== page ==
CBSN

Faux Vs. Real Building Products

Some of the newest home improvement products on the market today aren't your typical sticks and bricks.

Numerous homeowners, builders and contractors are leaning toward faux products, otherwise known as synthetic building materials. The prices of the real and faux products in most of these categories are close, but the faux products will save the homeowner money over the long term because they are less vulnerable to weather conditions or in the case of faux bricks, will require less labor and other materials to install.

Danny Lipford, the host of "Today's Homeowner" and The Early Show contributor has several examples and puts co-anchor Rene Syler to the test to see if she can tell the difference between the real and their faux counterparts.

The following are the products featured:

Exterior Doors - When thinking about doors, most people have wood doors for the entry-way to their homes. Many homeowners love the look of wood, but not the maintenance or cost associated with this natural product. Fiberglass doors have become more popular. These doors require virtually no maintenance and won't sweat or warp in extreme temperatures.

JELD-WEN Aurora Custom Fiberglass Door
JELD-WEN Custom Wood Door
Available at jeld-wen.com

Decking - In the past, the most common material people have used for decking is treated wood. However, wood requires on-going maintenance, including cleaning and periodic staining and sealing. Plus, it will most likely need to be replaced over time. One of the most popular new decking materials is composite decking. Advantages to this low-maintenance alternative include strong product warranties, no slivers, no insect damage, and a variety of colors. Composite decking cost 20-30 percent more than treated wood, but the advantages listed above will require less maintenance and will last longer.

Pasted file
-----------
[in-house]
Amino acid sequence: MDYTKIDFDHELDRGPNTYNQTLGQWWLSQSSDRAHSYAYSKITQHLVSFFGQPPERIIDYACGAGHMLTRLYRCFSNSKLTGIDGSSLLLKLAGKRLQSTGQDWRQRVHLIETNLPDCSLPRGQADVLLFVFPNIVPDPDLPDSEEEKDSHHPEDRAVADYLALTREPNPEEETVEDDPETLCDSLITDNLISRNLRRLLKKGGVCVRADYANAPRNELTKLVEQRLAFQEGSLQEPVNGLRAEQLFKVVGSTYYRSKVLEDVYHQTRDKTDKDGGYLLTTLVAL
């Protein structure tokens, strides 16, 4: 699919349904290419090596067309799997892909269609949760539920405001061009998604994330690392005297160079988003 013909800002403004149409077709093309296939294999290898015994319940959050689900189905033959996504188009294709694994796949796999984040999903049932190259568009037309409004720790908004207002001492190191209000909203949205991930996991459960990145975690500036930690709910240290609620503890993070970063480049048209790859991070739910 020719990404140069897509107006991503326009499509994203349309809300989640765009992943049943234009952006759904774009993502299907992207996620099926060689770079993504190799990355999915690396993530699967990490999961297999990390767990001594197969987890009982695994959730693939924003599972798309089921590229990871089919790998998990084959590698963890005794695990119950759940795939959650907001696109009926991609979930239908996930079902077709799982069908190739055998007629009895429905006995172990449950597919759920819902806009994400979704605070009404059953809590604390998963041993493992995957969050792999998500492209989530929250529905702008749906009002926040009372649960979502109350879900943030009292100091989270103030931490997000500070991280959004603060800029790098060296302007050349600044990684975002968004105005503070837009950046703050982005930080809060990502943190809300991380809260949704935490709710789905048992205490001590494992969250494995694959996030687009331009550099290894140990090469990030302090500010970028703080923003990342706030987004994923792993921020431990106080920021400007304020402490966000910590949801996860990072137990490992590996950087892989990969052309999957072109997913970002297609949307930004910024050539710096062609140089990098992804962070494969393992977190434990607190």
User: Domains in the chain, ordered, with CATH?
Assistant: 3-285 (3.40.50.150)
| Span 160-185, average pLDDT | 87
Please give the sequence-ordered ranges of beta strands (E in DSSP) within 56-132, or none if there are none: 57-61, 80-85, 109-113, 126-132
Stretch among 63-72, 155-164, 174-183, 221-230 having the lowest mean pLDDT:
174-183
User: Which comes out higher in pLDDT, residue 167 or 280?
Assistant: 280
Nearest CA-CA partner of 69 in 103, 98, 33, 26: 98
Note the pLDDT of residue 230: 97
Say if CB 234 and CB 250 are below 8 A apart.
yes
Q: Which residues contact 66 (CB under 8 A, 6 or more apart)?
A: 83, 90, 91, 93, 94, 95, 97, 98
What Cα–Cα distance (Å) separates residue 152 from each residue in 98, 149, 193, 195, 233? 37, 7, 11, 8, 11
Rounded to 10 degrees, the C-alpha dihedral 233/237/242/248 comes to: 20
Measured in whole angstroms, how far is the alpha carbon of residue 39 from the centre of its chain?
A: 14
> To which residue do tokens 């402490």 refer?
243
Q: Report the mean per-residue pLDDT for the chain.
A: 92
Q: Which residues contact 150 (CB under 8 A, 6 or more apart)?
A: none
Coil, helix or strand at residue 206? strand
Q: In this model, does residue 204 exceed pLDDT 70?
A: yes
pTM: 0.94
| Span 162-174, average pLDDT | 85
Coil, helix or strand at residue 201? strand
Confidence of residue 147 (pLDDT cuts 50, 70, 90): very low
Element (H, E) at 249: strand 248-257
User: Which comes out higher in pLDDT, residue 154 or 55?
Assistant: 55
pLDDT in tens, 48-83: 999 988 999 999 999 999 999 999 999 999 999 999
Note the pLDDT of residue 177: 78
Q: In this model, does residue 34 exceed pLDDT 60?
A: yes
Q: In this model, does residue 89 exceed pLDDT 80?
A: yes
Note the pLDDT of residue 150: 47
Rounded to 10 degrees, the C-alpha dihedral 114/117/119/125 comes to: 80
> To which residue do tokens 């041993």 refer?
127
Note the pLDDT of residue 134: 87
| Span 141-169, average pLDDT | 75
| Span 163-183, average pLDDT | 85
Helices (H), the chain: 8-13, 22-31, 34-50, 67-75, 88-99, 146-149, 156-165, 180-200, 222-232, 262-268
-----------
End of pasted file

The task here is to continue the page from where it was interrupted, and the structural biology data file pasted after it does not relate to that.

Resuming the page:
Timbertech Composite Wood Decking
Available at Timbertech.com

Siding - Even though many homeowners love the look of wood siding, many neglect the upkeep; including painting, wood-rot and bugs that won't stay away. Fiber-cement siding provides a low-maintenance solution that does not sacrifice the character of wood. Plus, this siding can be painted, and it resists rotting, cracking and damage from rain, hail and flying debris. Plus, this siding comes with a limited warranty for up to 50 years.

James Hardie Fiber Cement Siding
Available at jameshardie.com

Bricks - Many homeowners like the stately look of brick. However, traditional brick can be expensive, heavy and cumbersome.

Bricks are a great building material because they can't catch fire, lots of varieties are available and termites can't attack them. Manufactured brick has much thinner than traditional bricks, making them easier to install and more affordable.

Stone Mountain Brick
Available at stonemountain.ca - 888.955.3571

Flooring - American homeowners love real wood floors but can be intimidated by the cost, installation and maintenance. Laminate wood floors are now available in more realistic wood finishes and are relatively easy to install and very durable. Laminate floors look much more authentic than when they were first introduced. The cost is 10-30 percent less than wood floors.

Laminate Wood Floor, Estate Plus Collection from Wilsonart Flooring Available at wilsonart.com

Trim - Wood trim pieces add a great decorative element to your home. These wood elements look great, but require a good bit of maintenance. Pieces that are not completely pre-painted can cause paint peeling problems. Like wood siding, wood trim is also subject to wood-rot and insect infestation. Trim pieces created from synthetic products (urethane, PVC and fiberglass) can help you achieve an elegant real wood look without the maintenance. You can also cut, drill and sand them with the same tools that you would use on wood trim. The cost of the faux trim is about twice as much.

Various trim pieces created from real wood and others made from synthetic products (urethane, PVC and fiberglass)
Available at Fypon - fypon.com and Dixie Pacific - dixie-pacific.com